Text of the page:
Secondly, there’s a difference in development between JPEG vs TIFF. The Joint Photographic Experts Group standardized and published the JPEG’s image compression algorithm back in 1992. The TIFF, on the other hand, was created and popularized by the Aldus Corporation — which we know now as Adobe.
The JPEG was developed for use in sending and receiving images over the computer, whereas the TIFF was developed to store raster graphics for editing and publishing images on the computer.
Thirdly, there’s overall image quality to consider between JPEG vs TIFF. This image quality debate manifests itself in the fact that JPEGs are lossy and TIFF files are lossless. In other words, JPEG files are compressed by their very nature.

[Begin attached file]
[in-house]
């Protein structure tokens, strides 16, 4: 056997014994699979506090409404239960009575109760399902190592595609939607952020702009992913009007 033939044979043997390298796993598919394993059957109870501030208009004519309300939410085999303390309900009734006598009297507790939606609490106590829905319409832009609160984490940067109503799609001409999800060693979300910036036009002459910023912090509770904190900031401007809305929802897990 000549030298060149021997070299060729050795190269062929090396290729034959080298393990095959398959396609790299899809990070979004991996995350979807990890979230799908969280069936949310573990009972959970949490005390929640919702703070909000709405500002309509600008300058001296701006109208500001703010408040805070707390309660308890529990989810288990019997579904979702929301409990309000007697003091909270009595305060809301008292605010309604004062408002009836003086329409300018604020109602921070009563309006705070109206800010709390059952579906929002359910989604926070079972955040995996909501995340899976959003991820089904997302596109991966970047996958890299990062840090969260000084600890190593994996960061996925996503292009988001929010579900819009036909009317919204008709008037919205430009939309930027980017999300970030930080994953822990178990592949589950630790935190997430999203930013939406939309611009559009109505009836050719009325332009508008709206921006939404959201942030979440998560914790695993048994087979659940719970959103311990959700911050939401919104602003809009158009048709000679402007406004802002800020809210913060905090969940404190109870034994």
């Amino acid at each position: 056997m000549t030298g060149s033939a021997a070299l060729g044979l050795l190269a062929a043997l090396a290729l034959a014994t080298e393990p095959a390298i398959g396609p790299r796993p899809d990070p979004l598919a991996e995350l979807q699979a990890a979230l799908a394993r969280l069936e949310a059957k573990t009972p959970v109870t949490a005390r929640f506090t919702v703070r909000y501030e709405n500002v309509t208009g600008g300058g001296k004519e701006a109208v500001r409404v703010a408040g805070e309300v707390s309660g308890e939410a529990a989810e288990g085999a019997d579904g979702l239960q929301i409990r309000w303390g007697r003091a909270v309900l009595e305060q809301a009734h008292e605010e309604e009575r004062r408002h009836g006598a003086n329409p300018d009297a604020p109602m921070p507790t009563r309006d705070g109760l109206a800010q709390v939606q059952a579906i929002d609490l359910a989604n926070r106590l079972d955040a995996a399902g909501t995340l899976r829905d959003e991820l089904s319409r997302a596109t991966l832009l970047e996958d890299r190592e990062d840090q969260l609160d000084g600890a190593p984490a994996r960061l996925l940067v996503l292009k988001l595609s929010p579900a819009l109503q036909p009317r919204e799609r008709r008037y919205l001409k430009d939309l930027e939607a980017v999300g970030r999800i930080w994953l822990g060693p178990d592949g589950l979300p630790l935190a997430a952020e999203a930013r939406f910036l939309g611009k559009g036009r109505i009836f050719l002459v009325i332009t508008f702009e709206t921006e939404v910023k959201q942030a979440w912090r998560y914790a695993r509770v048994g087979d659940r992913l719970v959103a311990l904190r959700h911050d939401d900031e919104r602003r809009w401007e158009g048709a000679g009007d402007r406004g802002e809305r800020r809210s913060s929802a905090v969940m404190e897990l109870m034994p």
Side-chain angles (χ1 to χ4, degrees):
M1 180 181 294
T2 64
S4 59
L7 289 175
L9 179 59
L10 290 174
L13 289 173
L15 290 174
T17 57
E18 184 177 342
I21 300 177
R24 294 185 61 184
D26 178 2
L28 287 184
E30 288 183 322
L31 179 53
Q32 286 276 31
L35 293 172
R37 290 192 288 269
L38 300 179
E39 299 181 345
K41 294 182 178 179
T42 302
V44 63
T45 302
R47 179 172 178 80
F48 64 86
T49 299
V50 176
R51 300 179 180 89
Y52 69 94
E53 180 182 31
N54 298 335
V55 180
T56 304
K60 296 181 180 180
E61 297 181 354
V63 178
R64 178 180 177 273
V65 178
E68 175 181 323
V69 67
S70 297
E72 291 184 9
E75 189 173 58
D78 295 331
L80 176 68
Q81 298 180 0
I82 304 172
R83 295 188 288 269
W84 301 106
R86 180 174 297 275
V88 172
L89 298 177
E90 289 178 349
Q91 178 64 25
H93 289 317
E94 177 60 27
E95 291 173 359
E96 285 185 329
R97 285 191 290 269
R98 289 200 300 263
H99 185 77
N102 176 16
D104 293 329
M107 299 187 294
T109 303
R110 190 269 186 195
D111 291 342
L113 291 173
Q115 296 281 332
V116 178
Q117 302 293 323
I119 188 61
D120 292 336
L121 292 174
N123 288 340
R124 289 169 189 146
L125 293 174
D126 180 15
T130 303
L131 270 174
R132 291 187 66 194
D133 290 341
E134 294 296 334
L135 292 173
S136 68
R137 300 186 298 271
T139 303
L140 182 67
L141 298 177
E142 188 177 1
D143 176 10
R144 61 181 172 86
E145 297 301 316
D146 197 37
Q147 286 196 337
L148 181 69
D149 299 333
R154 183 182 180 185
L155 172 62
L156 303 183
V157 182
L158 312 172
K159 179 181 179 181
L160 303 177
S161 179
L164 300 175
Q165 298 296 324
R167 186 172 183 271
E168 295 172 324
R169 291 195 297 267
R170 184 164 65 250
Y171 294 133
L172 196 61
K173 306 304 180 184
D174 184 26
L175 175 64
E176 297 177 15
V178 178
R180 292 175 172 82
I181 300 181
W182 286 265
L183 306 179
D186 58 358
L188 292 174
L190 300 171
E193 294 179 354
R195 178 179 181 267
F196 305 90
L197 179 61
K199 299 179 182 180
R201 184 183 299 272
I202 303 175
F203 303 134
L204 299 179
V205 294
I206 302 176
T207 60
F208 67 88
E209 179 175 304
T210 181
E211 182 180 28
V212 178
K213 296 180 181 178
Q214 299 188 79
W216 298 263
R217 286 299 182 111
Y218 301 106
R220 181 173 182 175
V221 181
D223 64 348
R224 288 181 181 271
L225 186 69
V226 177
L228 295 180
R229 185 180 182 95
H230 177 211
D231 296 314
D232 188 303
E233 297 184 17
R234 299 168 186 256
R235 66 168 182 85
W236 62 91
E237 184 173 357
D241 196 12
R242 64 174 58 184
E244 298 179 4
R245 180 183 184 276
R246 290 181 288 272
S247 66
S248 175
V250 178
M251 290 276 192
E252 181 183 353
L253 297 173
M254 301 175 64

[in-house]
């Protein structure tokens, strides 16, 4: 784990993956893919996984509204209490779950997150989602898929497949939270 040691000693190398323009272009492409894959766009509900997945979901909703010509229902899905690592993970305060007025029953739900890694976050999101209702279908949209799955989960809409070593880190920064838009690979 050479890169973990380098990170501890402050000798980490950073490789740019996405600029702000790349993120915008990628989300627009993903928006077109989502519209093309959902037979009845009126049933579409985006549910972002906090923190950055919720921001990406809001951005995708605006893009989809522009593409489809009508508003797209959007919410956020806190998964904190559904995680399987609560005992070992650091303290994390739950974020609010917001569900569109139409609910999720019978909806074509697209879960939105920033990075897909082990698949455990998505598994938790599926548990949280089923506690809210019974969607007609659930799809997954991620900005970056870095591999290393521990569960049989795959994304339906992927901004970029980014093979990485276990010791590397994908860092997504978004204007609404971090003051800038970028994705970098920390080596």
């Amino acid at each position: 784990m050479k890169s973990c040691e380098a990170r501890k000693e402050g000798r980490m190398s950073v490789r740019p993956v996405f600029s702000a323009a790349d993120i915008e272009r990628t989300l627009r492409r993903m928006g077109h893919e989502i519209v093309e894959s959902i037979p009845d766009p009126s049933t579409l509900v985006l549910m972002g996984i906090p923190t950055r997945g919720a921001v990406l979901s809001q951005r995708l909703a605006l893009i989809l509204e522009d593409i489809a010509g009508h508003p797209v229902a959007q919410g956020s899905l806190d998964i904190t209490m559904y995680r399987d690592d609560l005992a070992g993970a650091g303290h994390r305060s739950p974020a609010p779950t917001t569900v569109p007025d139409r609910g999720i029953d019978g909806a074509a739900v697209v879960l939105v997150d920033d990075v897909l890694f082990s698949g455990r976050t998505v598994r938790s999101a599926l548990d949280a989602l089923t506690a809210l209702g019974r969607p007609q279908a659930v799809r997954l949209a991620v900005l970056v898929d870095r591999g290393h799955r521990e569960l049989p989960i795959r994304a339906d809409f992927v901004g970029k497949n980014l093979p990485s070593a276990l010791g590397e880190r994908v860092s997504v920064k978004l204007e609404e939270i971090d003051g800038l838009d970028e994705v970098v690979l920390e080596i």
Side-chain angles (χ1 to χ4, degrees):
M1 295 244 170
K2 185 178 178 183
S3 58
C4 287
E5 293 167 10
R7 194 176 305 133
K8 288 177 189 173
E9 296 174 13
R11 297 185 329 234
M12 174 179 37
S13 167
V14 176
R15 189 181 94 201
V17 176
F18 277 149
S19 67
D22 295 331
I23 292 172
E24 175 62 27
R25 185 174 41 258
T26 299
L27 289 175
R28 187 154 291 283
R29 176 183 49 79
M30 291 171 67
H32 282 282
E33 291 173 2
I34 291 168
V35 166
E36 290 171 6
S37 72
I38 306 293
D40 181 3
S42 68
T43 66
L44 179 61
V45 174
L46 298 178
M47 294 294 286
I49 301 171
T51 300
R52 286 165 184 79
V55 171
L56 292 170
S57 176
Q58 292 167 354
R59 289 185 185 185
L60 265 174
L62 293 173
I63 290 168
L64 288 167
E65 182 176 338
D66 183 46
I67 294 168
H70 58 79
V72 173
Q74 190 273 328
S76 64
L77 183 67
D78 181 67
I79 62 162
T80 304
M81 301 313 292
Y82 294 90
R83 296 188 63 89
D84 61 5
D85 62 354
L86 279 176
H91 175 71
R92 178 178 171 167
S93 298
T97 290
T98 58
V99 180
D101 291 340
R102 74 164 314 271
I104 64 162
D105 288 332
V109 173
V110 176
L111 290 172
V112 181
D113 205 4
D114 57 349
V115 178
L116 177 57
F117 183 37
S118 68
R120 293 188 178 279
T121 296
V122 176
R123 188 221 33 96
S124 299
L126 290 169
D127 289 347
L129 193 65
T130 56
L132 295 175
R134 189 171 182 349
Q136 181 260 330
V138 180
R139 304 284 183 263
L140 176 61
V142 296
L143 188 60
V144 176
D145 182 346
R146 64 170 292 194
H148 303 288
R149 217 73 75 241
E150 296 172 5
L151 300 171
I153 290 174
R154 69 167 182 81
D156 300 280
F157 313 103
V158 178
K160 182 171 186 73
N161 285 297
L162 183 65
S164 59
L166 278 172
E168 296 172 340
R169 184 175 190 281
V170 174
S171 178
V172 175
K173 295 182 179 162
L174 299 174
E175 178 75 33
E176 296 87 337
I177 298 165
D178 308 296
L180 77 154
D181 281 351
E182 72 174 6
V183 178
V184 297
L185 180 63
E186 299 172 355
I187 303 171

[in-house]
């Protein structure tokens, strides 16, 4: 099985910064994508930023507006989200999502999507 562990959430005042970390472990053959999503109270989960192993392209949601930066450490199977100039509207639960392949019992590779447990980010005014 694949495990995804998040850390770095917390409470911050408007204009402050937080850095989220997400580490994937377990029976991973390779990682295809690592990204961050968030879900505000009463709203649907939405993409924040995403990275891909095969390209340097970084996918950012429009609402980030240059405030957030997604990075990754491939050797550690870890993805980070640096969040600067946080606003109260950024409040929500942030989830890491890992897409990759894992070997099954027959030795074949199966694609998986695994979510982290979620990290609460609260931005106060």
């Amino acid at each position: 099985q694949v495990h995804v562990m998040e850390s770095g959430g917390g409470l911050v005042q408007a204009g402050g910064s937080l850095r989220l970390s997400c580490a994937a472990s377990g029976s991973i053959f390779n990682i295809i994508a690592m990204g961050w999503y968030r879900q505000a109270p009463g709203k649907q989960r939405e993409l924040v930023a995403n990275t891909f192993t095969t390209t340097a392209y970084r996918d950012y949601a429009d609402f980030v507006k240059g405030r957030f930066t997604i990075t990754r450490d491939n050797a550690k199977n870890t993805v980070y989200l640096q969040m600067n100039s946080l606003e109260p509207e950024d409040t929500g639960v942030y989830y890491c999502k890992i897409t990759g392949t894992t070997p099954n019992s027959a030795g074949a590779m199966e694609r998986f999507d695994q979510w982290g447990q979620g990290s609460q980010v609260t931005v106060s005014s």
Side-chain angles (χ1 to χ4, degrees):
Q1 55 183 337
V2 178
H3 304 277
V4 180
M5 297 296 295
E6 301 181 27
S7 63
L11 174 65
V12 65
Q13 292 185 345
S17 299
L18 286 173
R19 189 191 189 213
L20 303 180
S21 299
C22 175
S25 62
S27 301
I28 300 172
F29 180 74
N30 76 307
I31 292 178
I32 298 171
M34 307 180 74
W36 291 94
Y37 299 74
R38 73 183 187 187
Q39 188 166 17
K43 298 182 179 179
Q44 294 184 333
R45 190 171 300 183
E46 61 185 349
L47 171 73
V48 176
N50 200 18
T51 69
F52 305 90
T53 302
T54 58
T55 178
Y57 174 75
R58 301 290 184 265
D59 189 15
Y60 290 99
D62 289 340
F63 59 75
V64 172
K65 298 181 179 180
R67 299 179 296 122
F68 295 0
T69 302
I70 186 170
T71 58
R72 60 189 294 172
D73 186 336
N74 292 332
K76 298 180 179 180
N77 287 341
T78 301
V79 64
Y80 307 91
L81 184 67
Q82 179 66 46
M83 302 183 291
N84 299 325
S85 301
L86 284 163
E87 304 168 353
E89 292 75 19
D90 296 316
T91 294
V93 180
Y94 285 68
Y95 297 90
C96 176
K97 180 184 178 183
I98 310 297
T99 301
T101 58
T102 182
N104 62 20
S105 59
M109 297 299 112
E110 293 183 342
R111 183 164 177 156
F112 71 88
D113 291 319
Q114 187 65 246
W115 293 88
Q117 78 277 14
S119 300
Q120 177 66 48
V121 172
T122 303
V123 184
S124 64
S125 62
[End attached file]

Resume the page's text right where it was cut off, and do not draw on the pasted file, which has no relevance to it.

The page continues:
Through the compression algorithm, JPEGs have unnecessary or inconspicuous aspects of the image and its metadata is deleted to shrink the image size. TIFF files, by comparison, maintain their image quality and size to remain the best possible version of the image. Think of it like this: The TIFF is the original, and the JPEG is the miniature model.
5 Must-Know Facts About Image File Formats
- The most common types of image file formats are JPEG, PNG, and GIF. JPEGs are best for lossy image compression. PNGs are best for lossless digital images. GIFs are best for graphics, logos, and animations.
- When discussing image file formats, you’ll hear one of two things: Lossless compression and lossy compression. Lossless algorithms preserve a perfect copy of an uncompressed image while lossy algorithms preserve a smaller copy of that uncompressed image with certain inconspicuous aspects (such as wider color ranges or metadata) removed.